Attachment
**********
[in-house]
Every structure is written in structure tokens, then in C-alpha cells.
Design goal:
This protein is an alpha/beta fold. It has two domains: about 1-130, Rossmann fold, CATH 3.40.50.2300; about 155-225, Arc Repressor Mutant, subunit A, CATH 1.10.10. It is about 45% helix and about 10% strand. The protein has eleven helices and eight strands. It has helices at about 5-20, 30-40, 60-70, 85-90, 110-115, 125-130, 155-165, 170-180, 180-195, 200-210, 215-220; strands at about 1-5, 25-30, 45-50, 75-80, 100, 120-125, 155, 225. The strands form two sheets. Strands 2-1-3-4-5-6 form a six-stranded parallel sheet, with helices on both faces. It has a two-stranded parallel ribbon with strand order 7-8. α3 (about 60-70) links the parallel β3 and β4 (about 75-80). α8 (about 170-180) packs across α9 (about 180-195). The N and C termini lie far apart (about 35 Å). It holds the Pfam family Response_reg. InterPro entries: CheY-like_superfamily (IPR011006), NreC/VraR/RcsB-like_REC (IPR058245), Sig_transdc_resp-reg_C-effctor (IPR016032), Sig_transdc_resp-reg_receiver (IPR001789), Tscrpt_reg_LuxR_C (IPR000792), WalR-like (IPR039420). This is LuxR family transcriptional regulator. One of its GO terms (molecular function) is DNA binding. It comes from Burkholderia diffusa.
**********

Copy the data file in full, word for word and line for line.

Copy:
[in-house]
Every structure is written in structure tokens, then in C-alpha cells.
Design goal:
This protein is an alpha/beta fold. It has two domains: about 1-130, Rossmann fold, CATH 3.40.50.2300; about 155-225, Arc Repressor Mutant, subunit A, CATH 1.10.10. It is about 45% helix and about 10% strand. The protein has eleven helices and eight strands. It has helices at about 5-20, 30-40, 60-70, 85-90, 110-115, 125-130, 155-165, 170-180, 180-195, 200-210, 215-220; strands at about 1-5, 25-30, 45-50, 75-80, 100, 120-125, 155, 225. The strands form two sheets. Strands 2-1-3-4-5-6 form a six-stranded parallel sheet, with helices on both faces. It has a two-stranded parallel ribbon with strand order 7-8. α3 (about 60-70) links the parallel β3 and β4 (about 75-80). α8 (about 170-180) packs across α9 (about 180-195). The N and C termini lie far apart (about 35 Å). It holds the Pfam family Response_reg. InterPro entries: CheY-like_superfamily (IPR011006), NreC/VraR/RcsB-like_REC (IPR058245), Sig_transdc_resp-reg_C-effctor (IPR016032), Sig_transdc_resp-reg_receiver (IPR001789), Tscrpt_reg_LuxR_C (IPR000792), WalR-like (IPR039420). This is LuxR family transcriptional regulator. One of its GO terms (molecular function) is DNA binding. It comes from Burkholderia diffusa.